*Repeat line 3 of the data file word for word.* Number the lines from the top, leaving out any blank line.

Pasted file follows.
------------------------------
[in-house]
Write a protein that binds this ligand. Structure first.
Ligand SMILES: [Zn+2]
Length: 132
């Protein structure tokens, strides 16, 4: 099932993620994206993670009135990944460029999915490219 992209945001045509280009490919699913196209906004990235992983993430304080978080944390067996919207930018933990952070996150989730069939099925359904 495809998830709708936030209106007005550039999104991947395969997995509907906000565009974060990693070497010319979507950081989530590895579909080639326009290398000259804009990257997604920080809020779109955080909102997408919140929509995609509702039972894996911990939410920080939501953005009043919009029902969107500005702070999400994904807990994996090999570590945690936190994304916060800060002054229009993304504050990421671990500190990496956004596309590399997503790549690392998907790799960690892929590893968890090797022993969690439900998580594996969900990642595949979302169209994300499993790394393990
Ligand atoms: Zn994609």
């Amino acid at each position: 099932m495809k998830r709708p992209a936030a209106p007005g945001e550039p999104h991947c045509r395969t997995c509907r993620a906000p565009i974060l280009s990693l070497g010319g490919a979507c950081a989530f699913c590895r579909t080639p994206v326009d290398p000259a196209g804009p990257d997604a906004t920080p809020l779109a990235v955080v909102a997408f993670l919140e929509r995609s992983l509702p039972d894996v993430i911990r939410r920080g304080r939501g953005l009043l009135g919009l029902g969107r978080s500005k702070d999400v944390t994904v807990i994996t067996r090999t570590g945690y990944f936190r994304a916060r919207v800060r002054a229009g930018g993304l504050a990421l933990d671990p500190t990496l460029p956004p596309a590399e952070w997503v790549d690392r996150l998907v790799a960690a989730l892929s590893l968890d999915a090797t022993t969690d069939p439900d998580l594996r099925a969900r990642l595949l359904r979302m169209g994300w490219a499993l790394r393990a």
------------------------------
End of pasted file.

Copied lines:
Ligand SMILES: [Zn+2]